F R of Yugoslavia(FRY): Let these men go - Mr Jankovic
'These men should be released immediately; their detention is completely unlawful - it violates both national and international law', Amnesty International said. 'If there is substantial evidence that they have committed recognisably criminal offences they should be charged, and if necessary, their release made subject to guarantee to appear for trial.'
Police orders for their detention in custody for 30 days in May 1999 have long since expired. Even the validity of these orders, issued under emergency legislation in force during the NATO air campaign, were questionable.
Amnesty International wrote today to the Serbian Justice Minister, Dragoljub Jankovic, who recently criticized the United Nations Mission in Kosovo for the long periods of pre-trial detention endured by prisoners. Jankovic emphasised that under the Yugoslav Code of Criminal Procedure, no one should be detained for over six months without criminal charges being brought. Amnesty International pointed out to the Minister that his concerns should also apply to the 14 men unlawfully detained in Sremska Mitrovica in Serbia.
The 14 men were reportedly detained at various locations in Kosovo in May 1999, along with thousands of others taken in by Serbian police at the time. Their situation was confirmed earlier this month by lawyers working for the Humanitarian Law Centre, a Belgrade-based human rights organisation, who visited Sremska Mitrovica prison.
Some 2,000 ethnic Albanian prisoners were transferred from prisons in Kosovo to Serbia when Serbian and Yugoslav forces withdrew in June 1999. About half have been released after serving their sentences or after charges against them were dropped. However some 950 remain in prisons in Serbia, and Amnesty International has serious concerns about these prisoners. At least one, and perhaps many more, are prisoners of conscience . Many were tried in blatantly unfair trials marked by grave breaches of procedure. There have been frequent allegations of ill-treatment in detention. The organisation is also concerned that at least 3,000 people of all nationalities in Kosovo are missing since 1998. Many have 'disappeared' or been abducted.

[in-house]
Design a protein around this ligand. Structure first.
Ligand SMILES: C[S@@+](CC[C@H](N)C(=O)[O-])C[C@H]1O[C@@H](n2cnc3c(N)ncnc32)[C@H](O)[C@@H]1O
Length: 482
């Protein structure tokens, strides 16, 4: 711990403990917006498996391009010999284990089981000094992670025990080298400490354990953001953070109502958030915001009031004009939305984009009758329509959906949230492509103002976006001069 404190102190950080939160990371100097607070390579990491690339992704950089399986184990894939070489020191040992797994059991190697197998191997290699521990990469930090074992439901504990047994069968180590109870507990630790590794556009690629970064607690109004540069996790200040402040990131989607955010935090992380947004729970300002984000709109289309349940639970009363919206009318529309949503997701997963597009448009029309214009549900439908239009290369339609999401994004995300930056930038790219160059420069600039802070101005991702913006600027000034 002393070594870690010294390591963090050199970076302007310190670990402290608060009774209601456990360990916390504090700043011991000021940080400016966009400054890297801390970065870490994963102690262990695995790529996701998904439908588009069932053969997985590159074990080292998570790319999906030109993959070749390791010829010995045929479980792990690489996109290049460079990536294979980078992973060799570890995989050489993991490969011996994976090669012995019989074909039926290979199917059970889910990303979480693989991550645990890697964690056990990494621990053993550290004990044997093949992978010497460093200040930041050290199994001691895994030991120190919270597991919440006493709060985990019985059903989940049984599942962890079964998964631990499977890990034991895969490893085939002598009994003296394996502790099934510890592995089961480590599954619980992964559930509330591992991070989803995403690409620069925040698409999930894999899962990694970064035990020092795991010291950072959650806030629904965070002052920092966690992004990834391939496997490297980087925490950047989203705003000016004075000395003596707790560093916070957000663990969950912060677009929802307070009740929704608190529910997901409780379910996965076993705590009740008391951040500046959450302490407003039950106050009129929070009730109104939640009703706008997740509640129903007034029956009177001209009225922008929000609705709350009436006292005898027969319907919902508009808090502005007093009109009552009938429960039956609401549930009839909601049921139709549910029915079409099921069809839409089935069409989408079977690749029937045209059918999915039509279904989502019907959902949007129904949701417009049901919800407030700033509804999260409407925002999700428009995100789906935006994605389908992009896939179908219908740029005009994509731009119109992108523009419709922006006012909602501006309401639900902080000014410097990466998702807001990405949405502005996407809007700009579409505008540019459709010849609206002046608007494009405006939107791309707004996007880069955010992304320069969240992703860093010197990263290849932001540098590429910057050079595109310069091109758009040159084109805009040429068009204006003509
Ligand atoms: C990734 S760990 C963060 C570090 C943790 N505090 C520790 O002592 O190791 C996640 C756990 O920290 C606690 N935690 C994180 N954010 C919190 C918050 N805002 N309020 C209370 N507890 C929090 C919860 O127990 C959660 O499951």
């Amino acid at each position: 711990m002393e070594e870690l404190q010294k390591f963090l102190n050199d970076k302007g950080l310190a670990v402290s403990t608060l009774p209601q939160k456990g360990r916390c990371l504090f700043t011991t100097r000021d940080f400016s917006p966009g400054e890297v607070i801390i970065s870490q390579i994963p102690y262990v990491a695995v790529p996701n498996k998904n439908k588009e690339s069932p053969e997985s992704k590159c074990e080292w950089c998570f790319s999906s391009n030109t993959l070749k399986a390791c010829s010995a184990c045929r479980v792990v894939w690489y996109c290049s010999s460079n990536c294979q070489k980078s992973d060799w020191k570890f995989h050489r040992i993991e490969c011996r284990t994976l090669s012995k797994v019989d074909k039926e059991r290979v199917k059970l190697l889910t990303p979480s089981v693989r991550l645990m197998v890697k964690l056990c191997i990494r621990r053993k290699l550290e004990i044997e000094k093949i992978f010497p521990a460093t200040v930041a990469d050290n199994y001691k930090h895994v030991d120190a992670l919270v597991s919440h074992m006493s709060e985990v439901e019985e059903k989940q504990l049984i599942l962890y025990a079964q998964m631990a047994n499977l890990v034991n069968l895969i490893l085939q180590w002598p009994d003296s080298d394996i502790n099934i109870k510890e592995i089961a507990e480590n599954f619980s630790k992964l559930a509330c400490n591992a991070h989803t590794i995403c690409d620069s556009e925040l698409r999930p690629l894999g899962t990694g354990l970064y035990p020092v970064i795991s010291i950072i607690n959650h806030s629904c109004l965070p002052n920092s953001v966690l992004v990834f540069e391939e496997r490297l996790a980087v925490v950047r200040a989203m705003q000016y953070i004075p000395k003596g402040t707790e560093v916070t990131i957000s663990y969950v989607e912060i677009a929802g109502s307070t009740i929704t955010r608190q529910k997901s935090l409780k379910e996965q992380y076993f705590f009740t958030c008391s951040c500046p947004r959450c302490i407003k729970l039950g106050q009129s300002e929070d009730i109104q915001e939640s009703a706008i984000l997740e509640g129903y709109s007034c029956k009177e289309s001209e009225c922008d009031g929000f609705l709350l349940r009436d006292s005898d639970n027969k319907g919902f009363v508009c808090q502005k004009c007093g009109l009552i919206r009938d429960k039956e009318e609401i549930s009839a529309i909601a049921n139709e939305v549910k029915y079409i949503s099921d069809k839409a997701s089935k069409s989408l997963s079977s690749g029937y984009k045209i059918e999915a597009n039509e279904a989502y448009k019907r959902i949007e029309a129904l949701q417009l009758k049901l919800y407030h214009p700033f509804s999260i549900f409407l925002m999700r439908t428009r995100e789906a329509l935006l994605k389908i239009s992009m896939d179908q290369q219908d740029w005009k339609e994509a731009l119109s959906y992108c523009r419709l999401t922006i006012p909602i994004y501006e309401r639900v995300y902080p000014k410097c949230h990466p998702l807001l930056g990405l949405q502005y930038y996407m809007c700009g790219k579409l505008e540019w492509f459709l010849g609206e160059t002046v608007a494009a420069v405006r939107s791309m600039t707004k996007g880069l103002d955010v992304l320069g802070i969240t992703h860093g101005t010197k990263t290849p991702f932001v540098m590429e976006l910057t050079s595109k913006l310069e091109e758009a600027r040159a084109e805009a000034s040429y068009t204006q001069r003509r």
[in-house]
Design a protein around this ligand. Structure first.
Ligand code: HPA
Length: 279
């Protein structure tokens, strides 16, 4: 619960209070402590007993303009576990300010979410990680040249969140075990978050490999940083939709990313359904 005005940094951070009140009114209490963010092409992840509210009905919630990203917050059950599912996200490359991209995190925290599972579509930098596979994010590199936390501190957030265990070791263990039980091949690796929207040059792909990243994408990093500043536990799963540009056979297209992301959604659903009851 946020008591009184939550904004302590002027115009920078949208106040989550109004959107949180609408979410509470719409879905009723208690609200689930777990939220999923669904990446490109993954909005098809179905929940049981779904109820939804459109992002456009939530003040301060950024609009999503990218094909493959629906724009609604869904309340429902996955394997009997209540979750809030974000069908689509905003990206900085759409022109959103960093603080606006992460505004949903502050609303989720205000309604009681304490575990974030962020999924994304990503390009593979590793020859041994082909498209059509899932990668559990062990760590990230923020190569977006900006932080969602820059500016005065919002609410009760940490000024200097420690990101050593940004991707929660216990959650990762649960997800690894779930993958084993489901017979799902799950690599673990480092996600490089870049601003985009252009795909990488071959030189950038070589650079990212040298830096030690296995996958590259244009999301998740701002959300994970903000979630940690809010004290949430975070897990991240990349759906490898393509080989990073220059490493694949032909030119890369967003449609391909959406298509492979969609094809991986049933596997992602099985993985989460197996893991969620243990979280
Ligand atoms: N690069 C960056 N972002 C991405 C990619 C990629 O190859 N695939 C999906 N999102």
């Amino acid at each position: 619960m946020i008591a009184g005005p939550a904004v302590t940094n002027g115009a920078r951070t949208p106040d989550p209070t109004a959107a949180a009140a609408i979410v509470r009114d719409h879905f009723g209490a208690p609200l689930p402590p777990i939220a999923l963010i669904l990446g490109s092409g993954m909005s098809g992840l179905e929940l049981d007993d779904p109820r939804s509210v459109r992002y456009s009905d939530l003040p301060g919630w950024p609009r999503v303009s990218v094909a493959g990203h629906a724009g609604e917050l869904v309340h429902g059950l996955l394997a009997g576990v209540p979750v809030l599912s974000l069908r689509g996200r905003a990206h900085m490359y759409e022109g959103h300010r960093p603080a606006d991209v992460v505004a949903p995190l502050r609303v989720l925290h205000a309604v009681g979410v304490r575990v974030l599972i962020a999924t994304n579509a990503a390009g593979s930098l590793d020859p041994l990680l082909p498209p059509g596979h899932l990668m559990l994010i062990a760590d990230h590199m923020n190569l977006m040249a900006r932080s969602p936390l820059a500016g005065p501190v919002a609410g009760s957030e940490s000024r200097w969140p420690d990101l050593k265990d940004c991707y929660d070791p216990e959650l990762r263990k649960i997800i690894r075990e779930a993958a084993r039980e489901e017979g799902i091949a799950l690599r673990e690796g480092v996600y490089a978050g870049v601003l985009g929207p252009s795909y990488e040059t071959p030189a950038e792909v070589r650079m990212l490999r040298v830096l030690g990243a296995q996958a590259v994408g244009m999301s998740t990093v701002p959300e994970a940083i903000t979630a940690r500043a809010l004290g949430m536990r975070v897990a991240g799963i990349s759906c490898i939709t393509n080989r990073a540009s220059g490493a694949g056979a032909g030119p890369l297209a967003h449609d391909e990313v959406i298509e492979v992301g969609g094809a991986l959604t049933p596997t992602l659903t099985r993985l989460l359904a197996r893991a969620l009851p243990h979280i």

In Kosovo a temporary judicial system is being established under the auspices of the UN interim administration. Amnesty International has had concerns about the fairness of trials in these courts and violations of the rights of pre-trial detainees, including the right to be brought to trial promptly. The UN administrator has used his legislative powers to allow pre-trial detention beyond the period of just over six months allowed in the applicable law.
The Serbian Justice Minister highlighted the six-month restriction when he called the year-long pre-trial detention of Serb and Roma prisoners in Kosovo illegal. His remarks were reported by the Tanjug news agency on 6 September, following the escape of a group of prisoners in Kosovo.